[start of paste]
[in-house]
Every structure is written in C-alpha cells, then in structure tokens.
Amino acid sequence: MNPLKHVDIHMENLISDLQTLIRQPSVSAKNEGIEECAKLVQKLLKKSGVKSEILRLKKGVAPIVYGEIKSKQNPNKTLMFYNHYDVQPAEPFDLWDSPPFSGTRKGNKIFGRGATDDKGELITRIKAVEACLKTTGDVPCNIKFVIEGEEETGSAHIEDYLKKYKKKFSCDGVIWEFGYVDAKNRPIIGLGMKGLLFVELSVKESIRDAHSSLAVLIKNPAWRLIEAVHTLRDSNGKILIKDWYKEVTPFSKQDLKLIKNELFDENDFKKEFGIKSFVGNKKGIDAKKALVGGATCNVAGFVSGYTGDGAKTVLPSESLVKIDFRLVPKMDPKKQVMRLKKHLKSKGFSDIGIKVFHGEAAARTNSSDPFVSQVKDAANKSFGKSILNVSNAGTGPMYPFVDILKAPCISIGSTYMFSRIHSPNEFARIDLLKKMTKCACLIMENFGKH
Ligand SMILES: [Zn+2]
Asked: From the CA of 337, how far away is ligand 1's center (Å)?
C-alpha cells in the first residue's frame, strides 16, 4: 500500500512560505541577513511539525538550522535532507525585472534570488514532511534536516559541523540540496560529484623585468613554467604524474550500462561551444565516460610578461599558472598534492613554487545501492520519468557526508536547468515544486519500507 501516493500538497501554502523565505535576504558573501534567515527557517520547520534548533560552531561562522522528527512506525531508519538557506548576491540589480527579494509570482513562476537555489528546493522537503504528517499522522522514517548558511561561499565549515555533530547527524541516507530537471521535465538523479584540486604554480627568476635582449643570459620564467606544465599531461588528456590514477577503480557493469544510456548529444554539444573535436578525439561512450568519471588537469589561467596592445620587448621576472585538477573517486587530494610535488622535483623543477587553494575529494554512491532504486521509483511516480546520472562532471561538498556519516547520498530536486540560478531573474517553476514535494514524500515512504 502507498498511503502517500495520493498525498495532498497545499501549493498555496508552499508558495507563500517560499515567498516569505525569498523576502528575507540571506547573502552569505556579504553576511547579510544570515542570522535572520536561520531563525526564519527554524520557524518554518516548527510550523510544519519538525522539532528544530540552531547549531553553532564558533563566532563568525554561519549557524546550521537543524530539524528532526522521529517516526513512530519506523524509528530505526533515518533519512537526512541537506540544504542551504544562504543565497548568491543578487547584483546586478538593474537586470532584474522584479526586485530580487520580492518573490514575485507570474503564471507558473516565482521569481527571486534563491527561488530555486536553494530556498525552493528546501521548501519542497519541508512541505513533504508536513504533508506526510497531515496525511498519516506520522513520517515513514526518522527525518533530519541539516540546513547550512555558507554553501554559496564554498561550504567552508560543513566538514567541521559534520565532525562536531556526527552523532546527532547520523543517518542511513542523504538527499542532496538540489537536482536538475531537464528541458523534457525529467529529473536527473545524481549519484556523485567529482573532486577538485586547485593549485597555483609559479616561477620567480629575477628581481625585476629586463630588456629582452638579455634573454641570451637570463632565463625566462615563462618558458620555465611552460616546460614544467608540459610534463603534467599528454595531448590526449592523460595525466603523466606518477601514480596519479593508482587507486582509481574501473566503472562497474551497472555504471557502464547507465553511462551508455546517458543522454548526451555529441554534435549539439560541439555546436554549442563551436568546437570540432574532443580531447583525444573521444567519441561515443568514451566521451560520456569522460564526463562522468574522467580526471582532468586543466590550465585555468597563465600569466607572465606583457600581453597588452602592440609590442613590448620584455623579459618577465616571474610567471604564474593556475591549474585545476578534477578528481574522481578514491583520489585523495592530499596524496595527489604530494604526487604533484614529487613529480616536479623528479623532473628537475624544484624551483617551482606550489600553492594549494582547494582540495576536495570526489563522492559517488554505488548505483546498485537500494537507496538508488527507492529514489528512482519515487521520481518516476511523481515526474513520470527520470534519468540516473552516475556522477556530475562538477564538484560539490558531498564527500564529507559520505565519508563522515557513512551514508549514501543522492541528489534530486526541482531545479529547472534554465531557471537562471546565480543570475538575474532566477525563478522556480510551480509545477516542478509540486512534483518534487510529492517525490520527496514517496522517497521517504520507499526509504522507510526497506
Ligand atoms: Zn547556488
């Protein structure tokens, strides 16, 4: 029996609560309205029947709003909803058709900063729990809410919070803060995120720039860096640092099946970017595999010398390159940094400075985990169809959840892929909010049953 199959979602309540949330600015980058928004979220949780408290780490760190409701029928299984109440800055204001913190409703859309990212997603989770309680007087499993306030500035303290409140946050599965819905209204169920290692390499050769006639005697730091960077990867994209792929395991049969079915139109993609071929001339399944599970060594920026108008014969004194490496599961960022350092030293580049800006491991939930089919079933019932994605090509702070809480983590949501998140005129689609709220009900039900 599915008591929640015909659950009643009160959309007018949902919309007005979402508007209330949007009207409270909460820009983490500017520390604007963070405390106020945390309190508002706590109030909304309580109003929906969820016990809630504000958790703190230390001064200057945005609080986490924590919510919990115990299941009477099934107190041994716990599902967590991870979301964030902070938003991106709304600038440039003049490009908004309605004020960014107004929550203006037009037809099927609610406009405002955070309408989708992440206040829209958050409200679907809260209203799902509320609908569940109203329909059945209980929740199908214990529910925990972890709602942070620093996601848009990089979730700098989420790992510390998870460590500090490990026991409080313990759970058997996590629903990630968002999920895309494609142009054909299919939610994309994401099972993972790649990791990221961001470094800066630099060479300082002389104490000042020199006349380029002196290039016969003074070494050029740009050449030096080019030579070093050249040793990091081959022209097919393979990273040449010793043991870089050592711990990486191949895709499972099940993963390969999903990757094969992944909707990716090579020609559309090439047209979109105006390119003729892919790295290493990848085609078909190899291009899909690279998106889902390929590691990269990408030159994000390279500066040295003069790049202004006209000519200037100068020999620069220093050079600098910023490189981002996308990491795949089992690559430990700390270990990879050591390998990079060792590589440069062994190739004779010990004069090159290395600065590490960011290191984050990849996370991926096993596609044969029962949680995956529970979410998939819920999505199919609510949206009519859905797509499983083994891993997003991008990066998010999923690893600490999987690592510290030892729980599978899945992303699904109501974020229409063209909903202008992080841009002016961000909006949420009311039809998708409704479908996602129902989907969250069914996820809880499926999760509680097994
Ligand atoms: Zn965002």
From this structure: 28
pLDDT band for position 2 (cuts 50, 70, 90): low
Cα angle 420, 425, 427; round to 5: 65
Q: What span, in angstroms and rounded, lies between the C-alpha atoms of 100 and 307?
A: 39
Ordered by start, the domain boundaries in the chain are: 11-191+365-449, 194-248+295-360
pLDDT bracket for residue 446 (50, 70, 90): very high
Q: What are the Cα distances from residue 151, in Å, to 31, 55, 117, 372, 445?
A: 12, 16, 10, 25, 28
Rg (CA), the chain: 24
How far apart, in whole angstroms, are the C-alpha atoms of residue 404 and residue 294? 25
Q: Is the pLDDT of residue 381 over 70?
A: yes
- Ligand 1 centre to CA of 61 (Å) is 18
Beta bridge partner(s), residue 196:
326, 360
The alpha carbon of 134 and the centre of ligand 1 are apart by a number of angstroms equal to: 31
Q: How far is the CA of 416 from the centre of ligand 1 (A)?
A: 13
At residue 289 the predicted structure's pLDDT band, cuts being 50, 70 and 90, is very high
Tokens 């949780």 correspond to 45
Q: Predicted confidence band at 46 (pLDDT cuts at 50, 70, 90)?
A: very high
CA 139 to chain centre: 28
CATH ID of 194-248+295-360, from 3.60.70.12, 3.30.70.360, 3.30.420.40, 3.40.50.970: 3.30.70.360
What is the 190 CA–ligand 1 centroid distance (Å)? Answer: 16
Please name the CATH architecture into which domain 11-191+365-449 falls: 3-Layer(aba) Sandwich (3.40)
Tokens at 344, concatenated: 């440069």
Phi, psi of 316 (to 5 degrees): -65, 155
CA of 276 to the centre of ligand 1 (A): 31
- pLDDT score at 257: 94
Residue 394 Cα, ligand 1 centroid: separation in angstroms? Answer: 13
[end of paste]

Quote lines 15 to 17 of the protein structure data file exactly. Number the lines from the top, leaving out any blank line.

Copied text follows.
Ordered by start, the domain boundaries in the chain are: 11-191+365-449, 194-248+295-360
pLDDT bracket for residue 446 (50, 70, 90): very high
Q: What are the Cα distances from residue 151, in Å, to 31, 55, 117, 372, 445?